Peaks and troughs are patterns that are developed by the price action experienced by all securities. As we know, prices never move in straight lines, whether in an uptrend or a downtrend. The term "zigzag pattern" has been used to describe the peaks and troughs, and many charting software programs will have a "%-zigzag" indicator that investors can lay down on a chart that they are viewing.
The Ups and Downs of Peaks and Troughs
Rising peaks and troughs can be seen easily on a chart by recognizing the higher peaks, or tops, and higher troughs, or bottoms, creating the uptrend. Another way to look at it would be to recognize that each new peak created by the price action is higher than the high of the previous few days, weeks or even months of trading. As well, each new trough would also be higher than the previous trough over the same period of time.
In the above chart of PepsiCo, Inc. (PEP), up arrows show you the rising troughs and down arrows indicate the rising peaks of this uptrend. From the middle of December 2001 to the third week of April 2002, the stock price moved from about $46.50 to $53.50, a percentage move in the area of 15%, exclusive of commissions.
- Peaks and troughs are patterns that are developed by the price action experienced by all securities.
- The easiest way to determine whether or not a trendline has been broken is to witness the breakdown and then replacement of either rising or falling peaks and troughs.
- We should be aware of consolidation in the study of peaks and troughs to recognize this sideways pattern, avoiding the mistake of thinking the prevailing trend is about to reverse.
In the second chart, you can see the downtrend of Nortel Networks Corp. (NT) from December 2001 to the end of June 2002, and the arrows show the falling peaks and troughs each breaking new ground from the previous price action pattern. In this chart, the stock price declined from $9.25 on Dec. 7, 2001, to $1.50.
The easiest way to determine whether or not a trendline has been broken is to witness the breakdown and then replacement of either rising or falling peaks and troughs. Given that chartists place a great deal of emphasis on the psychological aspects of technical analysis, some technicians might agree that this tried and proven technical indicator outshines most, if not all, trend-following techniques. Investor confidence and an optimistic view of the future of a particular issue drives stock prices upward, and conversely, lack of confidence sees even the most stalwart issues begin a downtrend.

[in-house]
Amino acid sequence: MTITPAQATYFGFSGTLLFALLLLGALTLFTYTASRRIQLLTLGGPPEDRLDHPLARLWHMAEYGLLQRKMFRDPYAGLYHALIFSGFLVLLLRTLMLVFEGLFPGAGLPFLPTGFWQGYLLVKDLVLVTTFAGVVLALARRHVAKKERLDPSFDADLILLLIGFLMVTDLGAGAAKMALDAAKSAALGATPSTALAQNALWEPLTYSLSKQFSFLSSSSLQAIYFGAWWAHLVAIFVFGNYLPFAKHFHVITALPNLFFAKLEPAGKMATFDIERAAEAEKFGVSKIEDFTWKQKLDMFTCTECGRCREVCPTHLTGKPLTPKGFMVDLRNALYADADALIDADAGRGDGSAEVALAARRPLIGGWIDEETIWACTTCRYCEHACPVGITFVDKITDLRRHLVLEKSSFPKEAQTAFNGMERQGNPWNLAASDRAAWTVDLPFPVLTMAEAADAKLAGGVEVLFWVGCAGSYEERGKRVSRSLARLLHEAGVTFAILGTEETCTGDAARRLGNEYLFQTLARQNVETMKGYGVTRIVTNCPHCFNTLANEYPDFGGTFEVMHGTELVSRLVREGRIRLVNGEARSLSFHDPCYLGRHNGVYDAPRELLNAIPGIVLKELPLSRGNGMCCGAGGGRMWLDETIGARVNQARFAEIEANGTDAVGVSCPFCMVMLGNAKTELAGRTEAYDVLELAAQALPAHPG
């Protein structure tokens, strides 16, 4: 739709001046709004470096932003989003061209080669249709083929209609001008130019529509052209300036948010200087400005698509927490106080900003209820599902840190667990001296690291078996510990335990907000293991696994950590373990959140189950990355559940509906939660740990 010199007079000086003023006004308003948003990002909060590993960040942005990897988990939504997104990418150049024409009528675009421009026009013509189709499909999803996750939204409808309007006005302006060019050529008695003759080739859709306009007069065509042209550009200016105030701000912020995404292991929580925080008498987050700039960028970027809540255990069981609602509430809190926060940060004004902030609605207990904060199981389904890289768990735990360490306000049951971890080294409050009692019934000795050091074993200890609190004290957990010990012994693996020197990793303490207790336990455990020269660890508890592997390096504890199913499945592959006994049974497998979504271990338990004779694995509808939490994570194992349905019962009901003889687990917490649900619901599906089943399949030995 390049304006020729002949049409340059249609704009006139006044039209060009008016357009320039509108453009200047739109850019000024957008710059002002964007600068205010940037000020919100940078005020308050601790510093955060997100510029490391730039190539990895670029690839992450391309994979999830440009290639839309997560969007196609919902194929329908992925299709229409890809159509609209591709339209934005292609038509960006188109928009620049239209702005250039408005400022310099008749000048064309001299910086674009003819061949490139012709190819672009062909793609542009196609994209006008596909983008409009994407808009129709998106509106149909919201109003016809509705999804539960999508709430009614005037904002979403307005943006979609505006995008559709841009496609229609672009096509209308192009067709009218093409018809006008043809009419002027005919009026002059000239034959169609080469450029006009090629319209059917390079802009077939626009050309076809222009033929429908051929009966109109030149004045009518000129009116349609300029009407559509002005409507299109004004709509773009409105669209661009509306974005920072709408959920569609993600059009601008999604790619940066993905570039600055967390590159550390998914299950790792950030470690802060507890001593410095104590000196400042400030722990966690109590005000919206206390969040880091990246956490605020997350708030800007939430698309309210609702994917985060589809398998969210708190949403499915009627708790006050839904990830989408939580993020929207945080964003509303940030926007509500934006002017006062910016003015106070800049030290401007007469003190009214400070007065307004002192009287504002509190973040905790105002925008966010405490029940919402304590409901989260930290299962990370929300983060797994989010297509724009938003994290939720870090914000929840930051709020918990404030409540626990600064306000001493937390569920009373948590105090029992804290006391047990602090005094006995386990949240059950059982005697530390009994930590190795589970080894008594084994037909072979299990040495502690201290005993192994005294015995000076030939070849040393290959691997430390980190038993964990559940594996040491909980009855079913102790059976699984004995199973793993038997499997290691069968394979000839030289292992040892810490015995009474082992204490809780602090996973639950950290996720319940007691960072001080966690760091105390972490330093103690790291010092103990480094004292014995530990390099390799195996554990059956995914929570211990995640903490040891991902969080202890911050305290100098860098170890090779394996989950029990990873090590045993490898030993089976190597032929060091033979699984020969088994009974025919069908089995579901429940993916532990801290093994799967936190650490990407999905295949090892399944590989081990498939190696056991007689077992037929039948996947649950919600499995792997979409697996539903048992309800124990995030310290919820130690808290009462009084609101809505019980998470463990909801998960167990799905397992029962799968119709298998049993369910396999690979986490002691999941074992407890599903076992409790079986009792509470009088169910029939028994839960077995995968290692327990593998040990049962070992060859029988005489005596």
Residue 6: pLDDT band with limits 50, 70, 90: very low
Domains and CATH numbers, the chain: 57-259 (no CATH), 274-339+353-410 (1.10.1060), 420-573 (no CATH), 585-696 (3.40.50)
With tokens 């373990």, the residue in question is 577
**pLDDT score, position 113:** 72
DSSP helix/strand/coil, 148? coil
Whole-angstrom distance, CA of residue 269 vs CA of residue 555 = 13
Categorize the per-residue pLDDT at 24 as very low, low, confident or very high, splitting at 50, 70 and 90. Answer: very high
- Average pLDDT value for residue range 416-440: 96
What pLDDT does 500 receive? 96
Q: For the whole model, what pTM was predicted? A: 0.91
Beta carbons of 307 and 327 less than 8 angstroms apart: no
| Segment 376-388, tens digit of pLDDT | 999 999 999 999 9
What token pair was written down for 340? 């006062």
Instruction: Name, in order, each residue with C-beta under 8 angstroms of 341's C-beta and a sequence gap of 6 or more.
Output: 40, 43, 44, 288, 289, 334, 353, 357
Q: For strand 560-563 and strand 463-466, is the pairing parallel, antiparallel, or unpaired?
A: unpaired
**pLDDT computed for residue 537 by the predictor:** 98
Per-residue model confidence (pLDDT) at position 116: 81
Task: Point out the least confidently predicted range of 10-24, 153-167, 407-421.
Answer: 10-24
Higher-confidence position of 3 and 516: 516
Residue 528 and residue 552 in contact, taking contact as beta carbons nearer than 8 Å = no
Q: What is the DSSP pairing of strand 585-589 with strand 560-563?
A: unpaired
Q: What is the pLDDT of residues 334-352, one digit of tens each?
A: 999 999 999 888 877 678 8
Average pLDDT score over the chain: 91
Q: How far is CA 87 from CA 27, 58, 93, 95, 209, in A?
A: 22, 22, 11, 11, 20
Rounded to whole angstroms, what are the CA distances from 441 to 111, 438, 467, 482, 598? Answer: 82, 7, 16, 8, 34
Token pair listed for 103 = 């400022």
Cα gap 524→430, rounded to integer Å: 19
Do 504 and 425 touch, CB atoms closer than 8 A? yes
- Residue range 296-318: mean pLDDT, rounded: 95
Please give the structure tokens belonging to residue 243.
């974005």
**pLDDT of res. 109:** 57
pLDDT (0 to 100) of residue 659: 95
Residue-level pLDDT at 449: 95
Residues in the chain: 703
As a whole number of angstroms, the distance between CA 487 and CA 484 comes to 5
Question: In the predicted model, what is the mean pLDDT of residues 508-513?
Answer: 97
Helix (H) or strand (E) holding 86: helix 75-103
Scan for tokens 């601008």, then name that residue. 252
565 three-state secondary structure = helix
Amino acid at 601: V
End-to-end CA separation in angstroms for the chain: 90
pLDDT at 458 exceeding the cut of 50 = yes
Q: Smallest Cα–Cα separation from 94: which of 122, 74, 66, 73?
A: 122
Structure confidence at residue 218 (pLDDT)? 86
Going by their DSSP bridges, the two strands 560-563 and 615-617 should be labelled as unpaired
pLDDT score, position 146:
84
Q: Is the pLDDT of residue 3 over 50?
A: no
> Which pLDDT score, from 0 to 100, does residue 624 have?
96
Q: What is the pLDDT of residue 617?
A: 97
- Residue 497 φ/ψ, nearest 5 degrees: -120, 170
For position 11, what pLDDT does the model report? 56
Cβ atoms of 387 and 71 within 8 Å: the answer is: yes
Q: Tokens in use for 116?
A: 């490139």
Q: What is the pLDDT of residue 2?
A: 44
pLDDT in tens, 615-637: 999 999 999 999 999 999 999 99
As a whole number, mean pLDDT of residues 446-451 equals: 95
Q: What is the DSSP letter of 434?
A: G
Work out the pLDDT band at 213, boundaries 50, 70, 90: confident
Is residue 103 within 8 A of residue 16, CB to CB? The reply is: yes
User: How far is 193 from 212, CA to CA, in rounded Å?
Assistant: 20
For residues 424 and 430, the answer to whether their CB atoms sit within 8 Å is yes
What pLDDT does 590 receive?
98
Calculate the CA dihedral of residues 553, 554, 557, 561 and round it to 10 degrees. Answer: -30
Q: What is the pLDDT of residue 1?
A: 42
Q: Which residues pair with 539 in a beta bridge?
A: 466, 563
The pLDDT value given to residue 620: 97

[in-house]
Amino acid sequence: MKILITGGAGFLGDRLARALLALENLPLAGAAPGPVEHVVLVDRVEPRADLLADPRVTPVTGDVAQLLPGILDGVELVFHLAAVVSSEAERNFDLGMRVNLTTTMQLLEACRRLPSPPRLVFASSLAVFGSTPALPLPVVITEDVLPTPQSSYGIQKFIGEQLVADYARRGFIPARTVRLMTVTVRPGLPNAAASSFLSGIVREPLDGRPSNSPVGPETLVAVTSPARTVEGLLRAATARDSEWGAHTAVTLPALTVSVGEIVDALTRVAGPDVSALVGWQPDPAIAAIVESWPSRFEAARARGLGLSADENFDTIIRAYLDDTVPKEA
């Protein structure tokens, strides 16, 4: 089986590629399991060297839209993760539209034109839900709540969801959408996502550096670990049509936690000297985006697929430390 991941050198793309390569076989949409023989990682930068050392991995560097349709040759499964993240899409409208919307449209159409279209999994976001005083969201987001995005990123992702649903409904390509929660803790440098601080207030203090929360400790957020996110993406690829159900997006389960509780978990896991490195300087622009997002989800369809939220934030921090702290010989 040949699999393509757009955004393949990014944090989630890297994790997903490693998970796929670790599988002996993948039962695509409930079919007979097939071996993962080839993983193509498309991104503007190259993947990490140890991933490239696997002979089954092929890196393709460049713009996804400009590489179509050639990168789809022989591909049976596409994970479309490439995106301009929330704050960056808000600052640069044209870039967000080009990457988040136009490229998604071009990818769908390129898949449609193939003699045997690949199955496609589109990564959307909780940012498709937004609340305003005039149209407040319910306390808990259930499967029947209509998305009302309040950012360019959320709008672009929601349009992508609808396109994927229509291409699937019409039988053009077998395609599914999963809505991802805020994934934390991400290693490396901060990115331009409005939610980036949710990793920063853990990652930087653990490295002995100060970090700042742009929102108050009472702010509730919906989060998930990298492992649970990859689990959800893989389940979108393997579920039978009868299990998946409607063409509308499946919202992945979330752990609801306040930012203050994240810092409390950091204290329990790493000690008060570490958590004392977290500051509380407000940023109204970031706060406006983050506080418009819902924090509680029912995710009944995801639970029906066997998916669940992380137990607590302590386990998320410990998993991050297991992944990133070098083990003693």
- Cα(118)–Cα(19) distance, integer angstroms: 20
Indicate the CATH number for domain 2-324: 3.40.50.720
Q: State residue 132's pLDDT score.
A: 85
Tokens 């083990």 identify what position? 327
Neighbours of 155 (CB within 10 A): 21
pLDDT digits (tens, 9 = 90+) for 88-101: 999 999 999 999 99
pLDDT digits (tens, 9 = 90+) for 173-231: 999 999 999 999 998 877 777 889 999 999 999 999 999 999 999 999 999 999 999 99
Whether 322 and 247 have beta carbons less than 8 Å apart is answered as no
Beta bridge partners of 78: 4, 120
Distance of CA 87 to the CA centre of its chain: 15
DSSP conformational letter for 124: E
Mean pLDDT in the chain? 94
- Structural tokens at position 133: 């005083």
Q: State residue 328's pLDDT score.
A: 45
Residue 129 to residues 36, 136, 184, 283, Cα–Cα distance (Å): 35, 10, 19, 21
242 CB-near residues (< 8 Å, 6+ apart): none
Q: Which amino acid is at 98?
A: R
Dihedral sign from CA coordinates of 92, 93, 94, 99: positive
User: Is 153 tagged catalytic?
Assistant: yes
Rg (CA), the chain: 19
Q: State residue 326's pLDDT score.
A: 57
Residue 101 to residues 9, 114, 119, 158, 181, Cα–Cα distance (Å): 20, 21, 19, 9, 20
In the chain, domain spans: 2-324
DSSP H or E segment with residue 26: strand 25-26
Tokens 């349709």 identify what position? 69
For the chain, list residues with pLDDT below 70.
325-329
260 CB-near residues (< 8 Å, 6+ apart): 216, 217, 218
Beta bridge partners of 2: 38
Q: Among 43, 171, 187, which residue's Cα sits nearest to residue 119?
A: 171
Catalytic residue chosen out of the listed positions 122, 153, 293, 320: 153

The Rule of Thumb
We should be aware of consolidation in the study of peaks and troughs to recognize this sideways pattern, avoiding the mistake of thinking the prevailing trend is about to reverse. The rule of thumb is that consolidation will generally take 33-66% of the time frame of the previous trend. But don't let this rule replace investor common sense and experience that comes with investing over a long period of time.
At the same time, peak-and-trough analysis is a solid, no-nonsense approach to trend analysis and should not be forgotten in days of a search for the bottom of the market and the subsequent turnaround. When times are tough, investors should take a hard look at peak-and-trough analysis of their own issues, and coupled with a moving-average indicator, begin the search for what could be a dramatic turnaround for some of their beaten up issues. But be careful you do not make the mistake of using a time frame that is too short. Peaks and troughs are developed over weeks and months of price action, not hours and days of trading.
Remember that price action is made up of rallies and subsequent reactions. Also, recognize that the time frame of the rising peaks and troughs (or falling peaks and troughs) determines the strength of the trend and that overall market confidence or lack thereof will reverse a trend faster than any indicator developed by technical analysts.